State of the Union: The history of the presidential address

The US Constitution mandates that the president give the State of the Union to Congress. While there is no requirement for it to be delivered in person, the first two presidents George Washington and John Adams did so. Their successor Thomas Jefferson discontinued the practice – which was revived by

Deven Kanal February 08, 2023 07:35:22 IST
State of the Union: The history of the presidential address

US President Joe Biden in September touted his administration's “crackdown” on domestic US airlines to improve the treatment of passengers after they updated customer service plans. AP

President Joe Biden is delivering his second State of the Union (SOTU) speech – and the 98th in-person SOTU  overall.

Much has changed since Biden’s first State of The Union speech a year ago – Democratic stalwart Nancy Pelosi has been replaced by GOP House Speaker Kevin McCarthy, the Republicans have won control of the US House and Russia’s war in Ukraine has entered a savage new phase.

Let’s take a look at the history of the SOTU:

The US Constitution mandates that the president deliver the SOTU to Congress.

As Article II, Section III, Clause I of the US Constitution reads: the President “shall from time to time give to the Congress Information of the State of the Union, and recommend to their Consideration such measures as he shall judge necessary and expedient.”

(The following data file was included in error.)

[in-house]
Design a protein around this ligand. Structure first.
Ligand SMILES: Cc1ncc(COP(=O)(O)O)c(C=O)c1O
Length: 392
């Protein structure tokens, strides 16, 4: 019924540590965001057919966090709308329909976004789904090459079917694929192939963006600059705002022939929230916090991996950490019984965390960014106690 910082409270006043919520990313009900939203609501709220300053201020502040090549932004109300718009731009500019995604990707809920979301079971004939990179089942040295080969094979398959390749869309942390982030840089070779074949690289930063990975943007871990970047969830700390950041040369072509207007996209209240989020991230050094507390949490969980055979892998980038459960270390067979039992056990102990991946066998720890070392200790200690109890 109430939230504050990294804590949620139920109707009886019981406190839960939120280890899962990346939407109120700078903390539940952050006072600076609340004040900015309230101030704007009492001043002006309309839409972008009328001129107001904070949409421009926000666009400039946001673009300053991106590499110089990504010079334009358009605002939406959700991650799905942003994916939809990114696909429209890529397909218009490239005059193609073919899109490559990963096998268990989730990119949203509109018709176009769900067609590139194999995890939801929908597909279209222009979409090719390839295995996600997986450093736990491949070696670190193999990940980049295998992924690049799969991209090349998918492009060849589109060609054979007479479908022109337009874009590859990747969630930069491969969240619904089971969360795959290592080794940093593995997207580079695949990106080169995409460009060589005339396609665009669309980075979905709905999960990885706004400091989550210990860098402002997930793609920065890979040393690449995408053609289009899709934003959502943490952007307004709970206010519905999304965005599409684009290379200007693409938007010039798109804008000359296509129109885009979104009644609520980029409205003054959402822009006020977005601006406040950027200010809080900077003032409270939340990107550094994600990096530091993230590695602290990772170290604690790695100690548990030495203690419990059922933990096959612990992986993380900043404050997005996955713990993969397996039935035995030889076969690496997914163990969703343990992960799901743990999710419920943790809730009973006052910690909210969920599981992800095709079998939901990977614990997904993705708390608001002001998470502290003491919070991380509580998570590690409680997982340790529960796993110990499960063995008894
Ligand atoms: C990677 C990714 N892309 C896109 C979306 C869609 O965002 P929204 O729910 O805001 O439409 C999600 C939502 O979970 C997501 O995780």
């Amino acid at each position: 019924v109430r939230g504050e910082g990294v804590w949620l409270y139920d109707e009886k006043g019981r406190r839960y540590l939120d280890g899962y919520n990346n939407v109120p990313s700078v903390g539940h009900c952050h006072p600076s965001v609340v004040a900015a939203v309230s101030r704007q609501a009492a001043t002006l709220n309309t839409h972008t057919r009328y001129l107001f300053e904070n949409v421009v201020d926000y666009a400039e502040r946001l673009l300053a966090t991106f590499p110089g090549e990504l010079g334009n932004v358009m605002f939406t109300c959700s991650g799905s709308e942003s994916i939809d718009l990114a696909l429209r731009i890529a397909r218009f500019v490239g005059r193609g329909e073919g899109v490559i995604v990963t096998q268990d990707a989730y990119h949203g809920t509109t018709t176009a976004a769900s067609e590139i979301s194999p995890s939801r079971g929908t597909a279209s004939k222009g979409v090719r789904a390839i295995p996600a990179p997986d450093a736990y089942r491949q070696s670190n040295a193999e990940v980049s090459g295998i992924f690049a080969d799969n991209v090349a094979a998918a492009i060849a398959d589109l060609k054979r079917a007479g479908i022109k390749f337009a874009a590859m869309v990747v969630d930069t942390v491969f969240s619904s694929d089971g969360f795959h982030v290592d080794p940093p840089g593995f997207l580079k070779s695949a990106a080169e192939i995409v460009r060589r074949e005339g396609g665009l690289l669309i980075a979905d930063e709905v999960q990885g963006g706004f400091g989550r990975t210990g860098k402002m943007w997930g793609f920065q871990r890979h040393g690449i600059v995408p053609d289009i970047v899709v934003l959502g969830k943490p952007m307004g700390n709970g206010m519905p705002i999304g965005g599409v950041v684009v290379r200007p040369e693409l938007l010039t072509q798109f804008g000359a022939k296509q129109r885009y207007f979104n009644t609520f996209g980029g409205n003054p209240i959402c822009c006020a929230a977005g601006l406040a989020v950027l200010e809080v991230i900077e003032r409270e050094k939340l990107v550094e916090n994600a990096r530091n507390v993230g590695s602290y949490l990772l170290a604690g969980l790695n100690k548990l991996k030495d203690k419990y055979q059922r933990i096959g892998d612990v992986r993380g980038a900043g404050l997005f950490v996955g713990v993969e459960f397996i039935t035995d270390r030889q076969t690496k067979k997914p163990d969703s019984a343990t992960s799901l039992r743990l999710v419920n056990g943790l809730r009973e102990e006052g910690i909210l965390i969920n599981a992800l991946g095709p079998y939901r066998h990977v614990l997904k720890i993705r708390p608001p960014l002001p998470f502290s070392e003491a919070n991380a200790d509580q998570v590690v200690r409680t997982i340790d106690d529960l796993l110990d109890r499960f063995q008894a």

Also, the State of the Union isn’t its original name.

From 1790 to 1946, the address was known as the Annual Message.

Initially, the Annual Message was simply a lengthy administrative report on the various departments of the executive branch as well as a budget and economic message.

The president is not required to present the State of the Union to Congress in person – though the first two presidents and founding fathers George Washington and John Adams did so.

Washington delivered his first message on 8 January, 1970, to the Senate Chamber of Federal Hall in New York City – at the time the temporary seat of the US government.

However, their successor and fellow founding father Thomas Jefferson, who served in office from 1801 to 1809, discontinued the tradition.

Jefferson, deriding the practice as “monarchical” and time-consuming, instead chose to pass along written messages to Congress.

It was Woodrow Wilson in 1913 – more than 100 years later – who revived and popularised the practice of presenting the message to Congress in person.

After that, the SOTU became something of a platform for the sitting president to rally his base and pitch his agenda for the year.